As a veterinarian, I had confidently reassured countless clients about flying their pets to the mainland. Now I was a nervous wreck, worrying about whether the cat carrier arriving at Washington National Airport would contain only a limp rag that was formerly a cat. But Poni made the trip with typical feline ease and aplomb.
Washington was a major change for both of us. Previously an indoor/outdoor cat, Poni had dutifully kept my place purged of geckos, and the lanai toad-free. She spent countless hours skipping between neighbors' roofs, playing with slugs in the garden and tormenting mynah birds.
Now she was an urban cat; lots of windows to gaze from but no hunting, maiming or killing of wildlife. She adjusted remarkably well.
It was also a huge change for me. I traded in my zori and muumuu for the power suit, high heels and stockings typical of the Washington set. I packed away my stethoscope and veterinary textbooks, and tenaciously learned as many acronyms as possible, so I could hold my own at meetings. I constantly delighted at seeing the Lincoln Memorial lit up at night.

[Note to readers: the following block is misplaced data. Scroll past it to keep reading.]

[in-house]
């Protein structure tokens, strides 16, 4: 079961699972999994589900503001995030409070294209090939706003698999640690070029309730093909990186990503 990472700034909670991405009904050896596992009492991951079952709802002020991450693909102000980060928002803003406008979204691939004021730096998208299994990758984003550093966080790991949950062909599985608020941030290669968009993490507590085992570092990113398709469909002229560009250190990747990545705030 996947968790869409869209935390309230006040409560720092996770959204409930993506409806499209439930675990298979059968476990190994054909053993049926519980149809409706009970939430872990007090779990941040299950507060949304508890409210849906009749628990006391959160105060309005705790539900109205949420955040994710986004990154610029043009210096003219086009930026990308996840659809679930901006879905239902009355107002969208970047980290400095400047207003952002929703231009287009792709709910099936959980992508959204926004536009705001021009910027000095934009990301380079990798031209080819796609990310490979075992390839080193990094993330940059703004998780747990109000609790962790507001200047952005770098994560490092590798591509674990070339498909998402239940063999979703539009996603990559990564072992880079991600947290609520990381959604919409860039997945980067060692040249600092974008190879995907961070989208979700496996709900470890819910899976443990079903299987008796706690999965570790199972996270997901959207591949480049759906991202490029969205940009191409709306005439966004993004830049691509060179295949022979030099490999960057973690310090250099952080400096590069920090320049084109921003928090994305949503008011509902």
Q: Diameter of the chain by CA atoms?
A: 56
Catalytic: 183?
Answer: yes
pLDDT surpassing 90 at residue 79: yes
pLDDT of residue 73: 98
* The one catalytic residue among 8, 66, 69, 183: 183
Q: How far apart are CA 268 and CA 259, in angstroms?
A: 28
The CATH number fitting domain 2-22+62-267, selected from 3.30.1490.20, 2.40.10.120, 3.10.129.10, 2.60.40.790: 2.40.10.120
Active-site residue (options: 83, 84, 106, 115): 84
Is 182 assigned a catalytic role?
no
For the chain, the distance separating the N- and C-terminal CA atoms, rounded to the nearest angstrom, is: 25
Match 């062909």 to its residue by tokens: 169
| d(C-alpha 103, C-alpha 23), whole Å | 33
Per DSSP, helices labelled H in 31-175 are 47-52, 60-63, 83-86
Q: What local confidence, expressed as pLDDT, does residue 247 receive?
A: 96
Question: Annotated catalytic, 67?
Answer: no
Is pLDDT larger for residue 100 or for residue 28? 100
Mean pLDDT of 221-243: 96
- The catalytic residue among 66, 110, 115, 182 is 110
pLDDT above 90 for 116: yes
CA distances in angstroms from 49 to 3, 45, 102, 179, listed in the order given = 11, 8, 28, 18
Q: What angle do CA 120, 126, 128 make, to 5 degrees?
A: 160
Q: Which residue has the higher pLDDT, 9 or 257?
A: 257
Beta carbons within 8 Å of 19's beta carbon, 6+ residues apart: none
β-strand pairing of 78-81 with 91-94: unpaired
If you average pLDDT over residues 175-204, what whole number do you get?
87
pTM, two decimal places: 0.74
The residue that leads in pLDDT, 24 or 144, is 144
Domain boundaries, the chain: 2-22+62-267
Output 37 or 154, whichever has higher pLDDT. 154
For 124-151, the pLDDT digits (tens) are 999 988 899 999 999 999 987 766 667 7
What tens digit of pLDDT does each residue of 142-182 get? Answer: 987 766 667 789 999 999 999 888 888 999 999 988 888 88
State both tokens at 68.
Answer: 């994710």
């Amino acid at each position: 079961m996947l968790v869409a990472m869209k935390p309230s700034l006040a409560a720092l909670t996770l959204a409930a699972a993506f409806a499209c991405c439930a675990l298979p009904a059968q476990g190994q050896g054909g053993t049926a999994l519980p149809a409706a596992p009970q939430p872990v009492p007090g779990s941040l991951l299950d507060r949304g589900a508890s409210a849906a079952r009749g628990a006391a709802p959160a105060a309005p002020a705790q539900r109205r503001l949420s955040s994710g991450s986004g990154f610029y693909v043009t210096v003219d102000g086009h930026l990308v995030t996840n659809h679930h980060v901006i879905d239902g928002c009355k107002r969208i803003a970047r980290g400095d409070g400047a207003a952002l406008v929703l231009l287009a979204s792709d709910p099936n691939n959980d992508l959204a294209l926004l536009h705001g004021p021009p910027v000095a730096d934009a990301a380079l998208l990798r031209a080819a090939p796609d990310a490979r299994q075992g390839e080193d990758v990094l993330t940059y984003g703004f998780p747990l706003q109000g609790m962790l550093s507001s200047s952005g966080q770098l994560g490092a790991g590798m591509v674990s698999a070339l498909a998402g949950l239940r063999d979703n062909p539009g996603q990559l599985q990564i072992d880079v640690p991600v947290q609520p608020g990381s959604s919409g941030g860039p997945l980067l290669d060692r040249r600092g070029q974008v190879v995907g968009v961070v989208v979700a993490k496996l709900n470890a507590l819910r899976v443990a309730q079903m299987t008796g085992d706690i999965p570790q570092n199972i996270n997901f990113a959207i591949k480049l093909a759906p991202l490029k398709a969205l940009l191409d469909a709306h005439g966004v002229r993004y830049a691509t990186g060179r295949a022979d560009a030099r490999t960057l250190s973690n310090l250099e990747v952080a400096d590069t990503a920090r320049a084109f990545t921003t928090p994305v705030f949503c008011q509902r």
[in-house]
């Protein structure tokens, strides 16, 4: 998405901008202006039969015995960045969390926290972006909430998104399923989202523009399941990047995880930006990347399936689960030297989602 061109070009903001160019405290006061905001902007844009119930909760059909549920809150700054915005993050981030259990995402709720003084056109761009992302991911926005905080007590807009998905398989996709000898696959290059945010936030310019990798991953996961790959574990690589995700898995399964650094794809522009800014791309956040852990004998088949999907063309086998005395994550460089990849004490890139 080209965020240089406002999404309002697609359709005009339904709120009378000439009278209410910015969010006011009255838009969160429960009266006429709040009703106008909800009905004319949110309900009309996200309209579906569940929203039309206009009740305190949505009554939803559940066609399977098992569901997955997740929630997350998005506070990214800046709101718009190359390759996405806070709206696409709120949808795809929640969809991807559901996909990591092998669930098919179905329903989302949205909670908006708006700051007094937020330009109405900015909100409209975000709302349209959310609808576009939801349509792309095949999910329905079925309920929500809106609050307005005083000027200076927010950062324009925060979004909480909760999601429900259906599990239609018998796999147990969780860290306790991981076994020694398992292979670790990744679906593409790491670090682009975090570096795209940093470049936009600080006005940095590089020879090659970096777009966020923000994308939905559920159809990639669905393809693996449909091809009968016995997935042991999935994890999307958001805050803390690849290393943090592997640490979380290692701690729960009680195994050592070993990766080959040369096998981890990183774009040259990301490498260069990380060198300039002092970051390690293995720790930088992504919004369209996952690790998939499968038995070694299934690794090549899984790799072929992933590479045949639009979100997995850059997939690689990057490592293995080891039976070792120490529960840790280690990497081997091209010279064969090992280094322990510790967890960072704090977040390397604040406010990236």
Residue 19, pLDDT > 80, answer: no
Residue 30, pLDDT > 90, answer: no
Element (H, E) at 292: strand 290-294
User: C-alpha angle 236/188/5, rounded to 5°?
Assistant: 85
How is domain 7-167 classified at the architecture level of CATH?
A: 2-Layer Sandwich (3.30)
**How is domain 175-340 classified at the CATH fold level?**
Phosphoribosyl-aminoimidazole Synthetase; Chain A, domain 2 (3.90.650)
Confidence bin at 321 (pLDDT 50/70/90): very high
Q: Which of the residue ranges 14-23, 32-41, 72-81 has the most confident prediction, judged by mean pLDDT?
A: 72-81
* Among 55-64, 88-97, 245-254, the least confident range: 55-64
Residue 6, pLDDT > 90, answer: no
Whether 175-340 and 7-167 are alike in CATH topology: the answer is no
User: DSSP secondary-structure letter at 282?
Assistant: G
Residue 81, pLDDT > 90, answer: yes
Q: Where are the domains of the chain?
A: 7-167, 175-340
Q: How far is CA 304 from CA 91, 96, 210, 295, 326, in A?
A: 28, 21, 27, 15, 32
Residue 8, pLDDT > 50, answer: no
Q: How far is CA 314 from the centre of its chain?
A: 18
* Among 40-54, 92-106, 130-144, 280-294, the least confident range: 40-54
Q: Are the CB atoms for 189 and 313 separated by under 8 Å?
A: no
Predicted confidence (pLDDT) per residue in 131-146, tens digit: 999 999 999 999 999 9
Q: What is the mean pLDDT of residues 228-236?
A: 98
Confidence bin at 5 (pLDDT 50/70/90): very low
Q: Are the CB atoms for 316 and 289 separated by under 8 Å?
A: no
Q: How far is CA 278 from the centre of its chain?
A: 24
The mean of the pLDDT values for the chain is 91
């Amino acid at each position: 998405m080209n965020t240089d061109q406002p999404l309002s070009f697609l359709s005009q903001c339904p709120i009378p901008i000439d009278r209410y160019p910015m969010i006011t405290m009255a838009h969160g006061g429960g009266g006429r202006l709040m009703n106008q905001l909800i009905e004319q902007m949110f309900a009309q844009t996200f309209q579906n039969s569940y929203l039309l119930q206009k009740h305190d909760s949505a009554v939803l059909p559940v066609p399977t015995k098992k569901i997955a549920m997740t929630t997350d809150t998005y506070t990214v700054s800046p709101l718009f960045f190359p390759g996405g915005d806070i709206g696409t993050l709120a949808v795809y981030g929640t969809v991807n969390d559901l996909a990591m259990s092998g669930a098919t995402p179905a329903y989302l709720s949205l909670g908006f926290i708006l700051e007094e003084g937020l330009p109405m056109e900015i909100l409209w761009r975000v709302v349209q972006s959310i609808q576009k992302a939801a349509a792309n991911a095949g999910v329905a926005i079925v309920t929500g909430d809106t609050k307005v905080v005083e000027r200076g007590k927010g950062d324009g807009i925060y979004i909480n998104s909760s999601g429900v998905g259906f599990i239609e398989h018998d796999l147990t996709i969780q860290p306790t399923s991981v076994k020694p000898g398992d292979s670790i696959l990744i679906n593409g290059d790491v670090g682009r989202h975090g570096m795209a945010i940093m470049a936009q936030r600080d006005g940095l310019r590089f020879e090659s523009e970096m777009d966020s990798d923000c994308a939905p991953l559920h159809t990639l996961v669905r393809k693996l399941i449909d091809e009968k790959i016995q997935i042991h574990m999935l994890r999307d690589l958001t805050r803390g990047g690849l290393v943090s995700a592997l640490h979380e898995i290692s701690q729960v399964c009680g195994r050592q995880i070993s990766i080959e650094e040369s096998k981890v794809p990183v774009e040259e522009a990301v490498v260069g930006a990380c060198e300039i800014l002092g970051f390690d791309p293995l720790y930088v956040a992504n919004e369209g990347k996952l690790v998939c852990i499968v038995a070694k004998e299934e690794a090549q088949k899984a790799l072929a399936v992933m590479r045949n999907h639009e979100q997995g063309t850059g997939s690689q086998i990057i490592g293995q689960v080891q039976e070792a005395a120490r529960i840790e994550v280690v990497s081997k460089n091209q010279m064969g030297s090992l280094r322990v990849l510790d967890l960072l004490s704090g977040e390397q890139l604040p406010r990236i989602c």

In short, things were going swimmingly. That is, until I found the lump. These days, every woman over 40 dreads finding a malignant lump in her breast.
I found one under my right arm and immediately knew it was an enlarged lymph node and that it wasn't normal. Unfortunately, it required three months and countless medical visitors to get the proper diagnosis.
So that's how I ended up at Georgetown's Lombardi Cancer Center on the last day of 1997, listening to survival statistics and discussing which of the various chemotherapy clinical trials would be best.